They strolled down 16th Street NW, four teenagers with cameras and three adults, in the suffocating humidity.
Bob Caputo, 56, a National Geographic photographer, stopped abruptly at a neatly maintained tan-brick apartment complex, noticeable only because of its height. "Guys, your assignment is to get on top of this building," he said. "In my job, I probably spend maybe 5 percent of my time taking pictures. The rest I spend getting into position."
The young people, some of the 14 teens from District schools taking part in National Geographic's third annual photo camp, looked toward the roof with trepidation. For most of the summer, they intern at the organization's headquarters, but they spend four days exploring one Zip code in the city -- this year, it's Mount Pleasant -- with the guidance of a photographer in a project modeled after the ZipUSA feature that runs monthly in National Geographic.
But getting onto a roof? This was photography?
The teenagers entered the foyer and buzzed the manager. No answer. A passing resident let them in, and they headed for the rental office. No one was there.
Momentarily defeated, they went back outside and scanned nearby buildings for another vantage. Just as they began to head elsewhere, a woman in floral pants walked up. The manager. "Do you want to see an apartment?" she asked.
Charlene Valeri, 56, who works in National Geographic's digital imaging lab, explained that they were more interested in the roof.
The woman listened, nodded and took them in an elevator to the 10th floor, then up two flights of stairs, then through three doors that she unlocked. William Boney Jr., 16, from McKinley Technology High School, hummed Beethoven's Ninth for dramatic ambience. He had never tried photography but said the camp had interested him in taking some classes.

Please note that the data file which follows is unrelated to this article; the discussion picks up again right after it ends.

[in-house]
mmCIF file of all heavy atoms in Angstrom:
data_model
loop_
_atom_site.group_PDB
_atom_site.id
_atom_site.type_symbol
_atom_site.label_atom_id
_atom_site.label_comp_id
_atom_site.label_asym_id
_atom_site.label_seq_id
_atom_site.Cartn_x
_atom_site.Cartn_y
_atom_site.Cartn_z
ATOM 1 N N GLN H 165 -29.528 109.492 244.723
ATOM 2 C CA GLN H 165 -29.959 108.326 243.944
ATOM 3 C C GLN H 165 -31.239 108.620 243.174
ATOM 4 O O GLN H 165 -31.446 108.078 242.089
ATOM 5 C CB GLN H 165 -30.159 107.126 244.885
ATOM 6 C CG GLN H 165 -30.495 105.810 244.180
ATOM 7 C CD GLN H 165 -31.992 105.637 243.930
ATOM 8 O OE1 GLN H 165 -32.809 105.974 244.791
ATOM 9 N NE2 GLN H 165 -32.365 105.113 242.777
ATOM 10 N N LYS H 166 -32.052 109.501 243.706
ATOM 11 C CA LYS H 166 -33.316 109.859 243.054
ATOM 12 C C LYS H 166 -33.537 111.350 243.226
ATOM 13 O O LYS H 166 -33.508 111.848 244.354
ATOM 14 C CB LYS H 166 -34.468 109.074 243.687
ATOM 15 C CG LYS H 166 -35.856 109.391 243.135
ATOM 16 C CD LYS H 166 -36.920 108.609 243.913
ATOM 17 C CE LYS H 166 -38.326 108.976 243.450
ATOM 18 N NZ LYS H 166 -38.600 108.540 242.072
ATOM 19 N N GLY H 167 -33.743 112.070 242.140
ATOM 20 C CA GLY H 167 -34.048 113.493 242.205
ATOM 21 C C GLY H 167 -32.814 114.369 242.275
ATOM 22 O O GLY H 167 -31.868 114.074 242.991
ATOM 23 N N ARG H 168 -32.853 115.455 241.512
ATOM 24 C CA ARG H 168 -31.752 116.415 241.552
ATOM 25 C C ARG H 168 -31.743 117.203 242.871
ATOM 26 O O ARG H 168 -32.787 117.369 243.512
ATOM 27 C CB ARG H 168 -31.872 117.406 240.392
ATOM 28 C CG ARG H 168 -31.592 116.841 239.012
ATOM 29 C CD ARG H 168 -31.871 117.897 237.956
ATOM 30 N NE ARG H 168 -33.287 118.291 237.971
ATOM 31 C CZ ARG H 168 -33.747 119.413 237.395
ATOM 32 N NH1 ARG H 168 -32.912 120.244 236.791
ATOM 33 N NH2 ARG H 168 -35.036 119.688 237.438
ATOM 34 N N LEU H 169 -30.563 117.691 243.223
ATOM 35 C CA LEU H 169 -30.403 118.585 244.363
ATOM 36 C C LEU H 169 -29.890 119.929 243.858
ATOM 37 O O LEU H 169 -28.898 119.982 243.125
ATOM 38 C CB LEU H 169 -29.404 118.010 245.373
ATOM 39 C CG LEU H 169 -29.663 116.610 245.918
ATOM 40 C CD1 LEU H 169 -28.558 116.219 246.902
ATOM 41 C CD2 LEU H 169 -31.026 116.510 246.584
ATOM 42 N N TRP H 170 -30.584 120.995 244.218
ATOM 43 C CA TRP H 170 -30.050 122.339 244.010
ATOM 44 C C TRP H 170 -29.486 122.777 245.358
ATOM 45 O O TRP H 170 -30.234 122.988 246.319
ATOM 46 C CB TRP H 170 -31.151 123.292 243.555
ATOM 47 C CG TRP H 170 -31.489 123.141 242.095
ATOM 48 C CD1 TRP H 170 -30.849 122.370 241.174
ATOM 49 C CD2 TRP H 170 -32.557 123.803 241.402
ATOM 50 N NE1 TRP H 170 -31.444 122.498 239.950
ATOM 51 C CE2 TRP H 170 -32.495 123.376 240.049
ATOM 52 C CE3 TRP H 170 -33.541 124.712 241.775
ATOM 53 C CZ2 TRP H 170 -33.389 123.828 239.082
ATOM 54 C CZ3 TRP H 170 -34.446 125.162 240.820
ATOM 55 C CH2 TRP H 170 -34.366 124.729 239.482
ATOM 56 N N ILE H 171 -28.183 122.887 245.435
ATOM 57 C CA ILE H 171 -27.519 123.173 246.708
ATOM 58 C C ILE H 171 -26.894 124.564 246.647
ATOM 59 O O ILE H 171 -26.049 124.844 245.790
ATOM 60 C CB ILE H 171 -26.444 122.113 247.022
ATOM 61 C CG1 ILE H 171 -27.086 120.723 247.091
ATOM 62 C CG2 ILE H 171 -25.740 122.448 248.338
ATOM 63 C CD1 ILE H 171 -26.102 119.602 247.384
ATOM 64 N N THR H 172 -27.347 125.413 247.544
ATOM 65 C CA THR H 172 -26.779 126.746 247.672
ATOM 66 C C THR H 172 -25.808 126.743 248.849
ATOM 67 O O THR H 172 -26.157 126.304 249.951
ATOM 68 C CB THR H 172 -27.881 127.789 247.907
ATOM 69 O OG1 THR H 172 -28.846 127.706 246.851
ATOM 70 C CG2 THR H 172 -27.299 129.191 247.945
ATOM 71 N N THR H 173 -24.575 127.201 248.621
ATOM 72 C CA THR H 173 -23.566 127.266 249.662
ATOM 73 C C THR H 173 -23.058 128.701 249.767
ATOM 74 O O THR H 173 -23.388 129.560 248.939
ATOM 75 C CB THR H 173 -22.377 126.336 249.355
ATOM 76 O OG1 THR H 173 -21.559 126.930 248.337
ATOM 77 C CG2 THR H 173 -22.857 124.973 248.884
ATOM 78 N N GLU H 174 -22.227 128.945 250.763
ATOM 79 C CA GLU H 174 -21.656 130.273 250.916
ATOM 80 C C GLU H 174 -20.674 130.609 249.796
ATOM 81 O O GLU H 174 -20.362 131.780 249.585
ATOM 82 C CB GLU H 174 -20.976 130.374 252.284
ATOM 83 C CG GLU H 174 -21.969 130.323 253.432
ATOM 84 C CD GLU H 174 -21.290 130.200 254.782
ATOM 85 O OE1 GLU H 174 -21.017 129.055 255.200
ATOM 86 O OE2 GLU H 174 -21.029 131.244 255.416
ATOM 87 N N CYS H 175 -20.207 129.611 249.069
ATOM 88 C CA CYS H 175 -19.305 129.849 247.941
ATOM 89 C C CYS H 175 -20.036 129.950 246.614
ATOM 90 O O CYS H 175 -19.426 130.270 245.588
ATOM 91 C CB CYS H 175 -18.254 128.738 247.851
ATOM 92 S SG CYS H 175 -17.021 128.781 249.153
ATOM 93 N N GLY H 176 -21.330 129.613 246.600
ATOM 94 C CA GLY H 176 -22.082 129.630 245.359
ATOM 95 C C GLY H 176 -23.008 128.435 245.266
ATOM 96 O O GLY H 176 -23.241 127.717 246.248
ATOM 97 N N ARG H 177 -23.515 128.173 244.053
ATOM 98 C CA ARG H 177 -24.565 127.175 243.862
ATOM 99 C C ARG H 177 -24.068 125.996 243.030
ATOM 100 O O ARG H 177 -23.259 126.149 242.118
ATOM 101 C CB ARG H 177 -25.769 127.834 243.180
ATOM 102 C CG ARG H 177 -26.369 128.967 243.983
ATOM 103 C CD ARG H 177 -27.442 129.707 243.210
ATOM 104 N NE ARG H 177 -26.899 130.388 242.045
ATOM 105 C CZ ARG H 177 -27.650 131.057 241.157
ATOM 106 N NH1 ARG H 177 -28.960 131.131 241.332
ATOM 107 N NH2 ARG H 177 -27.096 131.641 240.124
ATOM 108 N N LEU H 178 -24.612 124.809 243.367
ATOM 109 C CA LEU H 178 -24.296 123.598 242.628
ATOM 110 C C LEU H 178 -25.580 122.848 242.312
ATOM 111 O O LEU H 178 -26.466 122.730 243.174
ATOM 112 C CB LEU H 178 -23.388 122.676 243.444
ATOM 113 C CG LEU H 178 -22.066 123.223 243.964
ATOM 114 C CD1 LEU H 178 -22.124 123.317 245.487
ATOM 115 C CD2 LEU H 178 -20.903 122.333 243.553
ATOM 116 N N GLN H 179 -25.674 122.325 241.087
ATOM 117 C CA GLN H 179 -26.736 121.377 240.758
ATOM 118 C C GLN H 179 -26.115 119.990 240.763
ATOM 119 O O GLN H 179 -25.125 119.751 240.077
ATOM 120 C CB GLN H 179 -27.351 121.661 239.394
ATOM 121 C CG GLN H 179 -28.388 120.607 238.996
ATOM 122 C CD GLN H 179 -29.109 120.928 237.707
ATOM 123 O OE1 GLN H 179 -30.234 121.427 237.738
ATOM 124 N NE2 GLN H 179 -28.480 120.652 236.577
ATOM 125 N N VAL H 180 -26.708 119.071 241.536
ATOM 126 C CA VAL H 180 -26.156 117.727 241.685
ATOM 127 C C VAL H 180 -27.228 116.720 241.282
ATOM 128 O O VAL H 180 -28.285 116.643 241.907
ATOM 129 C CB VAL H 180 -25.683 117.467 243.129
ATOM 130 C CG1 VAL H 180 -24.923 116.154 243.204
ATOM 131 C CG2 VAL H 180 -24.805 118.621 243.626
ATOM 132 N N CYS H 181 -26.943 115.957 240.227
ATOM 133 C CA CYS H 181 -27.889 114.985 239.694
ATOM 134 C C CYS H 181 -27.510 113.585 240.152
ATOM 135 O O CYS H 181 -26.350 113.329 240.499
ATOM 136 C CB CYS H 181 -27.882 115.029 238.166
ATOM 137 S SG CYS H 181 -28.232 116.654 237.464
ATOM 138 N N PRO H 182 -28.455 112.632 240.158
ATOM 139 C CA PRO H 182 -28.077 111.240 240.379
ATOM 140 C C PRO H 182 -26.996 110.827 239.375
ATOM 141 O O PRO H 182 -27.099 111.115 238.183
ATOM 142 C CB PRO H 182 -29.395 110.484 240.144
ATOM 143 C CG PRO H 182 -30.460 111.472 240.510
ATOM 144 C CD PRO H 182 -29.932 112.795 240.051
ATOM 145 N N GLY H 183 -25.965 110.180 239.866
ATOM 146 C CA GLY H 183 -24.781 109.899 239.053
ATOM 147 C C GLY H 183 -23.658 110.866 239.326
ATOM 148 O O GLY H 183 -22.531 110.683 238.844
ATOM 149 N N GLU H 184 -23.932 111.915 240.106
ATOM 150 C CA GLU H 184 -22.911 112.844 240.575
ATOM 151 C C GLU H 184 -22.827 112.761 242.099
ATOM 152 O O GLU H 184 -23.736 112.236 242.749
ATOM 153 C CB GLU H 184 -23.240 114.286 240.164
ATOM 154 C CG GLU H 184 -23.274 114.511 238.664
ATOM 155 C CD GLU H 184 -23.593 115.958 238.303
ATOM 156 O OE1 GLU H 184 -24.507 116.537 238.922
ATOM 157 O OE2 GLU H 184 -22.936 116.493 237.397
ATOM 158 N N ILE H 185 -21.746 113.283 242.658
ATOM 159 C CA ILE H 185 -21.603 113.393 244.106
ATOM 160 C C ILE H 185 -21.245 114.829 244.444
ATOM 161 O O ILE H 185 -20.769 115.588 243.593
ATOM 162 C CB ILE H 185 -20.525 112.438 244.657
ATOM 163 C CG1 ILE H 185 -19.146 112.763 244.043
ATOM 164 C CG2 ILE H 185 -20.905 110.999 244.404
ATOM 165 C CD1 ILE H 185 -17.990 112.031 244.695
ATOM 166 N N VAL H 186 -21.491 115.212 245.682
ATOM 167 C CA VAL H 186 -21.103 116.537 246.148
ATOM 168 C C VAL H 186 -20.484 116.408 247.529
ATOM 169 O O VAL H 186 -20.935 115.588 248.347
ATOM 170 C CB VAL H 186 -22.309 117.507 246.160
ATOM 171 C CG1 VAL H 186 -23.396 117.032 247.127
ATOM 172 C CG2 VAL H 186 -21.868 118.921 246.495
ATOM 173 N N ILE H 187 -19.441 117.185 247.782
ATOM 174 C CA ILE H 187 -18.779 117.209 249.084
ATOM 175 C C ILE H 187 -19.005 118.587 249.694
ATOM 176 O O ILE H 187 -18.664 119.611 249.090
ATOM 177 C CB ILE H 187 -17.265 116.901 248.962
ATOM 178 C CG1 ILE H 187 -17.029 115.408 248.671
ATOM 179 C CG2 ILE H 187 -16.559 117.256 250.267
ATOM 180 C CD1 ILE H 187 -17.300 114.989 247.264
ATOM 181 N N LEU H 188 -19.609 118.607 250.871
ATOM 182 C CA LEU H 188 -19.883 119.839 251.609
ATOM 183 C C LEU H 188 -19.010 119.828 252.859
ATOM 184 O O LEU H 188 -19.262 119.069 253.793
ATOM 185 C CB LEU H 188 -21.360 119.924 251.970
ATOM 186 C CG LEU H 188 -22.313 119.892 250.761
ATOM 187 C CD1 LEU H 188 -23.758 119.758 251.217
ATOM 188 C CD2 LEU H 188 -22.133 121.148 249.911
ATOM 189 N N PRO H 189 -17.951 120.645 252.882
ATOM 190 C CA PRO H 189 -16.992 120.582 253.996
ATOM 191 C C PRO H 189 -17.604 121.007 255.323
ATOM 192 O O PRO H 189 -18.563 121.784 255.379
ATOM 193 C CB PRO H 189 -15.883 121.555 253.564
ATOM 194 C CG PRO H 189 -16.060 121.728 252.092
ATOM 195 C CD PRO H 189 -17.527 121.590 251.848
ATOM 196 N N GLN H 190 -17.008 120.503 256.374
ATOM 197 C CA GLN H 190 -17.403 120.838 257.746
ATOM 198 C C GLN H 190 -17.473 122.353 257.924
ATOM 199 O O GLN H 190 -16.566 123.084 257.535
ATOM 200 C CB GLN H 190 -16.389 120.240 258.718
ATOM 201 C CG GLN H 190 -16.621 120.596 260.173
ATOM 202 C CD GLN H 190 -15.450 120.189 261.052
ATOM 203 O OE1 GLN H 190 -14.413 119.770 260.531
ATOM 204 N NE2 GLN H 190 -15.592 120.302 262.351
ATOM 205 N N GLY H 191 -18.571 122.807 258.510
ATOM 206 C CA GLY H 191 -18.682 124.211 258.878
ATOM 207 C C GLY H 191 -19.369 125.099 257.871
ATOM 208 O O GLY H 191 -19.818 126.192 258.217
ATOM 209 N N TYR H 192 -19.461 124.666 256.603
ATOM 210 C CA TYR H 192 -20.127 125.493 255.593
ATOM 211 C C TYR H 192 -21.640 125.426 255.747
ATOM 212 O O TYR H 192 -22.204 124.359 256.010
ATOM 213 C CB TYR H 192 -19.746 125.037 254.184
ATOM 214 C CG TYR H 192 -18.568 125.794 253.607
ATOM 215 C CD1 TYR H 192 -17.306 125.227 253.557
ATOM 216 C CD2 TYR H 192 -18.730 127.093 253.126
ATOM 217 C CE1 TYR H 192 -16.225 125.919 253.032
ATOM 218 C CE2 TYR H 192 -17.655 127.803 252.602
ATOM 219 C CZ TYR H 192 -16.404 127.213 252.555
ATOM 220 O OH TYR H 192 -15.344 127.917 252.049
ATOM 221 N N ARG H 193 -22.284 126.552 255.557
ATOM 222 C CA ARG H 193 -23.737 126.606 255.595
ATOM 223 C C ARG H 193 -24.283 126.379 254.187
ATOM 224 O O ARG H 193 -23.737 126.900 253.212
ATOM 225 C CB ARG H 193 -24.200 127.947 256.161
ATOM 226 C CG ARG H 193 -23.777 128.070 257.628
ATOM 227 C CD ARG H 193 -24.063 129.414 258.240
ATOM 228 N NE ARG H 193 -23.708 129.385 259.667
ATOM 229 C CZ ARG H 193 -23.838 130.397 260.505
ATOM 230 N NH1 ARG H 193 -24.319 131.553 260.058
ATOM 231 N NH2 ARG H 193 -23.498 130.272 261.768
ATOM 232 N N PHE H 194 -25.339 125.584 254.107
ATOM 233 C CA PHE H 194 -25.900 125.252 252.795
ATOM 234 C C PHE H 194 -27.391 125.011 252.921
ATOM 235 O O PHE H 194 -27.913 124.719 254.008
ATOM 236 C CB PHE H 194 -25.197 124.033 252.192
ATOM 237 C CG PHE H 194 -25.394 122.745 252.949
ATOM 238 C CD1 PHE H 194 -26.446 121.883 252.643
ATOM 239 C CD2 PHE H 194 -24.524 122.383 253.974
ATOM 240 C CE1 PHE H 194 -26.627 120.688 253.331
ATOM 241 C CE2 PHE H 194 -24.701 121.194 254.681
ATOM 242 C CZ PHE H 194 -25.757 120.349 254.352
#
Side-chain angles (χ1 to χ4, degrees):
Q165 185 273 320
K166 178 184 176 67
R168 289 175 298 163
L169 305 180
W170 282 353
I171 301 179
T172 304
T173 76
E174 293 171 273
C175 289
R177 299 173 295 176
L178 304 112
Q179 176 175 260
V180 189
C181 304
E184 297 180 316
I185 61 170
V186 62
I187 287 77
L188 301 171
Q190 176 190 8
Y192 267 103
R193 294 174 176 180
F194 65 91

Finally, the roof. To the southeast, the Washington Monument and the Capitol dome were white silhouettes against the hazy sky. To the west, houses dissolved into the verdure of Rock Creek Park and the Gothic spires of Washington National Cathedral jutted into view. Over the east edge of the roof, 16th Street sprawled before them.
"You take the picture, you take the moment, and that will never be there again," Walter Daniels, 15, a McKinley student, said as he snapped photos with a digital camera.
"There's this mix of things that are forgotten, that you're just letting crumble, things that they're trying to restore and things they're trying to build over," said Hillary Edwards, 17, a student at Duke Ellington School of the Arts.
Meanwhile, Lauren Grimes, 16, from Benjamin Banneker Academic High School, took pictures of the row houses, finding beauty in the faded paint and chipped facades. She saw things in Mount Pleasant that made it stand out, she said: the yellow-orange mangos being sold by street vendors, the Latino mothers with their children, the stores offering Italian and Central American foods.
This is how students should think about photography, Caputo said. The purpose of photo camp, he explained, is not to build technical prowess but to develop the ability to look at the world -- and to think of it as a story.
The photographic stories of Mount Pleasant, the teenagers knew, will go into a final presentation of their work, and the best photos might be displayed in a cafe. They also will be exhibited in the National Geographic building with photos from the four other cities where the camp is held, said Kirsten Elstner, director of VisionWorkshops, a nonprofit mentoring group contracted by National Geographic to run the program.
When they thought they had shot their fill, Caputo had another question.
"Is this the best time to be here?"
They realized what he meant. The light would be better at sunset. After the building buzzer, the resident, the manager, the elevator, two flights of stairs, three doors and a half-hour of meticulous photography, their work had just begun.